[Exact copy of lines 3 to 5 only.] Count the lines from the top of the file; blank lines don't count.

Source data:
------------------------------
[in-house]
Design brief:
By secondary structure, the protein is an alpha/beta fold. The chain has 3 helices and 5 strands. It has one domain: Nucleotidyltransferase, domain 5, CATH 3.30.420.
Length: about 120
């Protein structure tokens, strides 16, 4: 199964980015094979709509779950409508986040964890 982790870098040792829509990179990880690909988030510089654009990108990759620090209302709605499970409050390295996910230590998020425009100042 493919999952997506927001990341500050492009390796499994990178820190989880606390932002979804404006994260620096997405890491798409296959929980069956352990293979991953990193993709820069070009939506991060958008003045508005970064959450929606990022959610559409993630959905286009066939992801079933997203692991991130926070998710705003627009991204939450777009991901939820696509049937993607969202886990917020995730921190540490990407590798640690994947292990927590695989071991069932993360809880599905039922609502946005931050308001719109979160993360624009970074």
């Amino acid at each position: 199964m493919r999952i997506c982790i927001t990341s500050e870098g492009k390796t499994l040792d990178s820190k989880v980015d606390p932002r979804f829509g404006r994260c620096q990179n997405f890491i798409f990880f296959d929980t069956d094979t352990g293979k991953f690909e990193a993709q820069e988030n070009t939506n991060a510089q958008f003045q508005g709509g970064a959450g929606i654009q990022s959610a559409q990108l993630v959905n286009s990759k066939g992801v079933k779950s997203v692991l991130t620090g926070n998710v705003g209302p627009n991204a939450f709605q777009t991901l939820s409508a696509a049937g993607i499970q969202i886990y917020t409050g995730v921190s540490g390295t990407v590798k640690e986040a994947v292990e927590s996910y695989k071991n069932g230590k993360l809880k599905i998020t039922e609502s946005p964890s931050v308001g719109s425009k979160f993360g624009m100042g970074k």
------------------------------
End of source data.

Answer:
By secondary structure, the protein is an alpha/beta fold. The chain has 3 helices and 5 strands. It has one domain: Nucleotidyltransferase, domain 5, CATH 3.30.420.
Length: about 120
């Protein structure tokens, strides 16, 4: 199964980015094979709509779950409508986040964890 982790870098040792829509990179990880690909988030510089654009990108990759620090209302709605499970409050390295996910230590998020425009100042 493919999952997506927001990341500050492009390796499994990178820190989880606390932002979804404006994260620096997405890491798409296959929980069956352990293979991953990193993709820069070009939506991060958008003045508005970064959450929606990022959610559409993630959905286009066939992801079933997203692991991130926070998710705003627009991204939450777009991901939820696509049937993607969202886990917020995730921190540490990407590798640690994947292990927590695989071991069932993360809880599905039922609502946005931050308001719109979160993360624009970074």